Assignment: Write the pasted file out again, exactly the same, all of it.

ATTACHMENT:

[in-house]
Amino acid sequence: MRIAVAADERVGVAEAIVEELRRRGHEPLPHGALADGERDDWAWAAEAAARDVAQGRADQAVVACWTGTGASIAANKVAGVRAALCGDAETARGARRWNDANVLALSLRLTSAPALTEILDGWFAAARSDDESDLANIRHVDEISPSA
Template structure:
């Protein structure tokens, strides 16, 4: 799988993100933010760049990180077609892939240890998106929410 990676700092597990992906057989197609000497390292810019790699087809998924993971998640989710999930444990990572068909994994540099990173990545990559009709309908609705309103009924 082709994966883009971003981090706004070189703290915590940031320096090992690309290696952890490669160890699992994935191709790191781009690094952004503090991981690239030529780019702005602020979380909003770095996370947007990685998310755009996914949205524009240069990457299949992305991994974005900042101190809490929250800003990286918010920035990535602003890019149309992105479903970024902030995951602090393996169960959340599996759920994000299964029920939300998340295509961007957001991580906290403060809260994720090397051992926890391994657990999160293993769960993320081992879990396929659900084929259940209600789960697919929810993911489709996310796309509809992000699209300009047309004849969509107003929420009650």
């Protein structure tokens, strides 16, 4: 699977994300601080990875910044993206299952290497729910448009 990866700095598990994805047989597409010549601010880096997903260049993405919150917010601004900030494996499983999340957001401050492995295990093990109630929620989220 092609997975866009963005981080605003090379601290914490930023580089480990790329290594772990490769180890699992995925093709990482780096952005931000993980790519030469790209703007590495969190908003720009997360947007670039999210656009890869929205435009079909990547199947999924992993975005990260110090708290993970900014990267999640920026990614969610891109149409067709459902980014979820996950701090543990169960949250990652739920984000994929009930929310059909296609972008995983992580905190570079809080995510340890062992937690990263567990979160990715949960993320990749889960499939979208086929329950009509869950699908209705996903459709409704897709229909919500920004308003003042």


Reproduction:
[in-house]
Amino acid sequence: MRIAVAADERVGVAEAIVEELRRRGHEPLPHGALADGERDDWAWAAEAAARDVAQGRADQAVVACWTGTGASIAANKVAGVRAALCGDAETARGARRWNDANVLALSLRLTSAPALTEILDGWFAAARSDDESDLANIRHVDEISPSA
Template structure:
């Protein structure tokens, strides 16, 4: 799988993100933010760049990180077609892939240890998106929410 990676700092597990992906057989197609000497390292810019790699087809998924993971998640989710999930444990990572068909994994540099990173990545990559009709309908609705309103009924 082709994966883009971003981090706004070189703290915590940031320096090992690309290696952890490669160890699992994935191709790191781009690094952004503090991981690239030529780019702005602020979380909003770095996370947007990685998310755009996914949205524009240069990457299949992305991994974005900042101190809490929250800003990286918010920035990535602003890019149309992105479903970024902030995951602090393996169960959340599996759920994000299964029920939300998340295509961007957001991580906290403060809260994720090397051992926890391994657990999160293993769960993320081992879990396929659900084929259940209600789960697919929810993911489709996310796309509809992000699209300009047309004849969509107003929420009650």
């Protein structure tokens, strides 16, 4: 699977994300601080990875910044993206299952290497729910448009 990866700095598990994805047989597409010549601010880096997903260049993405919150917010601004900030494996499983999340957001401050492995295990093990109630929620989220 092609997975866009963005981080605003090379601290914490930023580089480990790329290594772990490769180890699992995925093709990482780096952005931000993980790519030469790209703007590495969190908003720009997360947007670039999210656009890869929205435009079909990547199947999924992993975005990260110090708290993970900014990267999640920026990614969610891109149409067709459902980014979820996950701090543990169960949250990652739920984000994929009930929310059909296609972008995983992580905190570079809080995510340890062992937690990263567990979160990715949960993320990749889960499939979208086929329950009509869950699908209705996903459709409704897709229909919500920004308003003042």